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Personal view: Is a friend worth a rail replacement bus?




It’s Sunday afternoon and I’m tired. I’m travelling back to Bury St Edmunds after a weekend catching up with old university friends in Leicester. Almost needless to say, I haven’t had much sleep. Unlike my friends, I can at least somewhat justify this by claiming I am still a student - albeit one with one lecture a week as I slowly complete a masters degree - and that late nights are something of a given. But, unfortunately, being a student doesn’t give me superpowers (unless you include an NUS card that gives me a 10 per cent discount at select retailers) and I still need sleep.

A rail replacement bus service(16767684)
A rail replacement bus service(16767684)

I’m feeling groggy. And you can imagine my joy when I find out the first leg of this quest involves a rail replacement bus service to Peterborough.

I’ve recently felt that I have reached the point in life where maintaining friendships is becoming increasingly difficult as people move further away. I like the the adage that a friend is worth a flight, and I recently put this to the test by journeying to see a friend who was working in Argentina. That venture did have the additional hardship of us being based right by a beach - and it was hard, but I pulled through that one and I know my friend appreciates it. A friend is worth a flight, but are friends worth a rail-replacement bus journey? Is there a more painful four word collection in English? (Ruled out for offside? No more mobile data? Poorly written newspaper column?) As we leave Leicester, the radio playing in the bus is advertising live coverage of a music festival featuring Simply Red, Westlife, Bananarama and Emeli Sandé. I nod off as we chug through a village with the presenter announcing Emeli Sandé has pulled out and will be replaced by an extended DJ set from Craig Charles.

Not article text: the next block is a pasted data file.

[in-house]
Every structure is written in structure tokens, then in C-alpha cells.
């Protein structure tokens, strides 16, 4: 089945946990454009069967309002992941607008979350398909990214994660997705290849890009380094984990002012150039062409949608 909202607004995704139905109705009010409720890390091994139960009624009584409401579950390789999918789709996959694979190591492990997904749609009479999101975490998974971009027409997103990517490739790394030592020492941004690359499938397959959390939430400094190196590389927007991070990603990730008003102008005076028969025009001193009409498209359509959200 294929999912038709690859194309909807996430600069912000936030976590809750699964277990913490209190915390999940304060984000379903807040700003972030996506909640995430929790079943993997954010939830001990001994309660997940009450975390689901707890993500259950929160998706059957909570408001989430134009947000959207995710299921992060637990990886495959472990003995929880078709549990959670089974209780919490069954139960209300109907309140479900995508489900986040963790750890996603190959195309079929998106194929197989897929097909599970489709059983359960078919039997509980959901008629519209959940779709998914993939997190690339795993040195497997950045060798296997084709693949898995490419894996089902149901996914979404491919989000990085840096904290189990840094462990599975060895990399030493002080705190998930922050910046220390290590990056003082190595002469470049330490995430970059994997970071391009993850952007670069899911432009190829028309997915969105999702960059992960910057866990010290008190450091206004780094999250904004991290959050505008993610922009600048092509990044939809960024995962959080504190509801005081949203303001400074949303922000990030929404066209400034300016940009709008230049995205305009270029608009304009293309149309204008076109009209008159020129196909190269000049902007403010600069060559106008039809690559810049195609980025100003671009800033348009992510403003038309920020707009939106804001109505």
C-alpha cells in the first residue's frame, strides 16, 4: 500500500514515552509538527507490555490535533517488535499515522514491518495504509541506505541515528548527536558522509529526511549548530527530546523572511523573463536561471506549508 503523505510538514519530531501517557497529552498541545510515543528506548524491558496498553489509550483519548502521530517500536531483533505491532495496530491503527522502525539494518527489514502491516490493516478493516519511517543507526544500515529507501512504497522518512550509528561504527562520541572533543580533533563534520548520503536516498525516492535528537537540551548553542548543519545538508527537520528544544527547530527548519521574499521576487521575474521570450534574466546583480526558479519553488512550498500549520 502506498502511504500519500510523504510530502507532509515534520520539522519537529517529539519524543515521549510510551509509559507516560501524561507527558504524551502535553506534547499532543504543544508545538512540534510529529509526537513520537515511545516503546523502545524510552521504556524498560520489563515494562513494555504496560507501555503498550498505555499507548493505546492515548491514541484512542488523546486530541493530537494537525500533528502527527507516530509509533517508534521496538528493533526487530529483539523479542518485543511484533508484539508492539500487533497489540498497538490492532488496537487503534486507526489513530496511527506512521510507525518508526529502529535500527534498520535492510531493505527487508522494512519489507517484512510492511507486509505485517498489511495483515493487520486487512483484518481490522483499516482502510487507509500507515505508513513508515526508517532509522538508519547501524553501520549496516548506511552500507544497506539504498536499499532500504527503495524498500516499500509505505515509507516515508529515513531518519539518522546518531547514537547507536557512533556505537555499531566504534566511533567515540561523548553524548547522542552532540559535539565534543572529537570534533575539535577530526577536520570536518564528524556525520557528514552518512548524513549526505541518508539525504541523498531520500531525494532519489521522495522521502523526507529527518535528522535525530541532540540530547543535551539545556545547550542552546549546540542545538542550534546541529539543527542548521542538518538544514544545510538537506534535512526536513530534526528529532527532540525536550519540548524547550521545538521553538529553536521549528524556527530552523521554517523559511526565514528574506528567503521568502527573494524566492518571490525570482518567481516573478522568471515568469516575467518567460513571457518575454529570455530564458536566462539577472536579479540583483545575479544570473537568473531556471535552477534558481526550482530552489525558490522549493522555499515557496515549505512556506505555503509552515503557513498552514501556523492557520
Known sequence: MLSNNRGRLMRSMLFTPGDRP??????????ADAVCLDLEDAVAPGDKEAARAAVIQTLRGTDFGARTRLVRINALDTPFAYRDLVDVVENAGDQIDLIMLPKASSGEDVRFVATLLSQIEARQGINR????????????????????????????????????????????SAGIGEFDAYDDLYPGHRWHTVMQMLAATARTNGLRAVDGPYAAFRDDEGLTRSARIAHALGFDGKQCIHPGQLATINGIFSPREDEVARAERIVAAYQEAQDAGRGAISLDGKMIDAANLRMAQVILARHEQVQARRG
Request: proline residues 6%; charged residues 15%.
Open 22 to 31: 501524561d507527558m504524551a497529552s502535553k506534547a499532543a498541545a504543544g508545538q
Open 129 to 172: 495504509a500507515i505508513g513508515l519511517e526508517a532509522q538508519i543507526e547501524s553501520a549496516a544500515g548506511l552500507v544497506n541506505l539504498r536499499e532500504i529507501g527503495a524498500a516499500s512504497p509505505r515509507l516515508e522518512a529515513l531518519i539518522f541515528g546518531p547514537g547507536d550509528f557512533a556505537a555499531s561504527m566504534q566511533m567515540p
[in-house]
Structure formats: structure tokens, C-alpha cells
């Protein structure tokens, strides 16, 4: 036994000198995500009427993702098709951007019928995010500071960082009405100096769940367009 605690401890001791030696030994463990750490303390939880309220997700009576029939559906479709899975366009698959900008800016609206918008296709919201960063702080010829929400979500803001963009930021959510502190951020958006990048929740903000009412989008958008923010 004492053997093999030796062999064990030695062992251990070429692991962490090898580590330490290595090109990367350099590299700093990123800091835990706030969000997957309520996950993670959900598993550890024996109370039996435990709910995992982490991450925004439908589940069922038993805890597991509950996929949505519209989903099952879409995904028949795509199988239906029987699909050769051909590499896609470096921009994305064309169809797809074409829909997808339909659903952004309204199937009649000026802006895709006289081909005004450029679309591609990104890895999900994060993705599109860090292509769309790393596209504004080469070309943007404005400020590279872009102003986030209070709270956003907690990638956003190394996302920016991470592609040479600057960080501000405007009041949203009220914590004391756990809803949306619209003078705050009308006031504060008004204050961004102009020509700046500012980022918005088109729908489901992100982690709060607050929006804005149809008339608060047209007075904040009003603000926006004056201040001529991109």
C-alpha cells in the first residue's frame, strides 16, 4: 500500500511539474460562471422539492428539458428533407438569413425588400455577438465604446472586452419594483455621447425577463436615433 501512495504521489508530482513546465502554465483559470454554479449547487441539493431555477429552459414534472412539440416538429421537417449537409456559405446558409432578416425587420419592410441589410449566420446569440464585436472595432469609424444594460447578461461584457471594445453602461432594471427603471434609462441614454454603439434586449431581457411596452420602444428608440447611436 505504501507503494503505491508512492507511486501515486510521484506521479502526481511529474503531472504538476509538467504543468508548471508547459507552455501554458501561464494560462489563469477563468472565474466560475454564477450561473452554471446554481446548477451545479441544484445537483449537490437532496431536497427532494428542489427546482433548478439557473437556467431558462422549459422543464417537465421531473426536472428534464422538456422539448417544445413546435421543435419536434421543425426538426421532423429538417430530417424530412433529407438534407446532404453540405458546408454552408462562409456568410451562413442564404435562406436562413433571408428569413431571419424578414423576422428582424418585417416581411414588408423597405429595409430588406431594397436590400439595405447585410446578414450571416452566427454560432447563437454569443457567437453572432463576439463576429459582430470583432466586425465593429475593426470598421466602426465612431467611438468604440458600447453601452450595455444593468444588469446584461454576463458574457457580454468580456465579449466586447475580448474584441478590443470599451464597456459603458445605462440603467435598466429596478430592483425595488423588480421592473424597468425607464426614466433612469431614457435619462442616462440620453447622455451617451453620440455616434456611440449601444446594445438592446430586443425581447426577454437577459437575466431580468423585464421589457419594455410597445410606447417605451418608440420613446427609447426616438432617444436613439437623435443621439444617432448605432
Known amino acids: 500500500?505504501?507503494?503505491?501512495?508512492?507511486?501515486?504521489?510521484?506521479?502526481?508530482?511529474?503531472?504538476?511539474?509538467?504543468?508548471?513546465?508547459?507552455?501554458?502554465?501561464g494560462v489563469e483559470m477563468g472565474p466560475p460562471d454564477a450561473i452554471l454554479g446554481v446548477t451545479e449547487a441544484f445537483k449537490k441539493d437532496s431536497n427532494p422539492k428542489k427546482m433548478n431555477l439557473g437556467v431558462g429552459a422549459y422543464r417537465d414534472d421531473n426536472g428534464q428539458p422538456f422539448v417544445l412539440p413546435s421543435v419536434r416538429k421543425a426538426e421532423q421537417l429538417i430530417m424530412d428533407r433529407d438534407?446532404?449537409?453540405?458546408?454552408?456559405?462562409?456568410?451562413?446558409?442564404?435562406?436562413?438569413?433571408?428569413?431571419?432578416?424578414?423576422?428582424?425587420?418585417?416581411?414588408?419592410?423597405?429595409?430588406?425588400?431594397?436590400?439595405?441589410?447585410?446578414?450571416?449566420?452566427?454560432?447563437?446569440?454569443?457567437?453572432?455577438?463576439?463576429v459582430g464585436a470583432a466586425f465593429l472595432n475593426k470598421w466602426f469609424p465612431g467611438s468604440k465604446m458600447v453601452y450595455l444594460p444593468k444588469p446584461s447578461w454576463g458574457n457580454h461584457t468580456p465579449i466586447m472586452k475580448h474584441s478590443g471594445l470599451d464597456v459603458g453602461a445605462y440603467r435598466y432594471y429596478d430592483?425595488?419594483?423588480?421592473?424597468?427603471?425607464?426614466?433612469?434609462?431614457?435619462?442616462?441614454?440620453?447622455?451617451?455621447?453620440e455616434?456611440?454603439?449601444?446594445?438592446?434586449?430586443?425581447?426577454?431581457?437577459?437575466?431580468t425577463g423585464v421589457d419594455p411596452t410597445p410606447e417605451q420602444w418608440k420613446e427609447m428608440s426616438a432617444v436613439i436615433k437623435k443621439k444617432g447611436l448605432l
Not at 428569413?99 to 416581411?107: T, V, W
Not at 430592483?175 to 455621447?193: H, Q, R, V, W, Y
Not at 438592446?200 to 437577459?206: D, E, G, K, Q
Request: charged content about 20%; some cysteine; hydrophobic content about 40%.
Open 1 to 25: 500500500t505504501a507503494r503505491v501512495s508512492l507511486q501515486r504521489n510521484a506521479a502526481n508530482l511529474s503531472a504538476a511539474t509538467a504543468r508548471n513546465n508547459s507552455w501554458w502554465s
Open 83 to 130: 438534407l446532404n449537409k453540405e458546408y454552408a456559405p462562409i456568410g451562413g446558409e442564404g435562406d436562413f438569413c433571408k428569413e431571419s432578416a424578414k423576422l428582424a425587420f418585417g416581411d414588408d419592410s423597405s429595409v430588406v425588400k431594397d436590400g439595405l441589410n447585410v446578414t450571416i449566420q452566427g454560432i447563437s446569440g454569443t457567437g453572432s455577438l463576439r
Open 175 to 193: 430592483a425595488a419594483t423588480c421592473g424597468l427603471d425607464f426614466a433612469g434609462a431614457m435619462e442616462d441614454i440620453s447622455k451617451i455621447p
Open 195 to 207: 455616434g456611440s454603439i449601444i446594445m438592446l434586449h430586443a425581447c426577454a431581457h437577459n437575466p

When I wake up we are coming into Peterborough and I’m desperate for a cup of tea. Luckily, Network Rail must have foreseen this, and allowed me a generous 51 minute transfer time, so I head for the station coffee shop where I am offered three sizes.

“Will a larger tea just be more water?” I ask the barista. She looks back with enough astonishment to suggest my question would offend Mr Starbuck himself.

“No!” she says. “It will be a larger tea!”

I’m too tired to debate. I order the largest size and make some significant progress into the book I’m reading.

By the time my tea is finished, the train is coming into Bury St Edmunds and I feel the journey wasn’t, on the whole, too bad - although I make a mental note to look up planned engineering in future before booking.

There’s an hour before church and I feel I should be using the time to sort myself out ahead of the week. But there is a pub near the station that I’ve always fancied but never quite set foot in.

I deserve this, I think to myself. An hour later I’m texting someone to say the journey was good and that I might even go back to Leicester soon.

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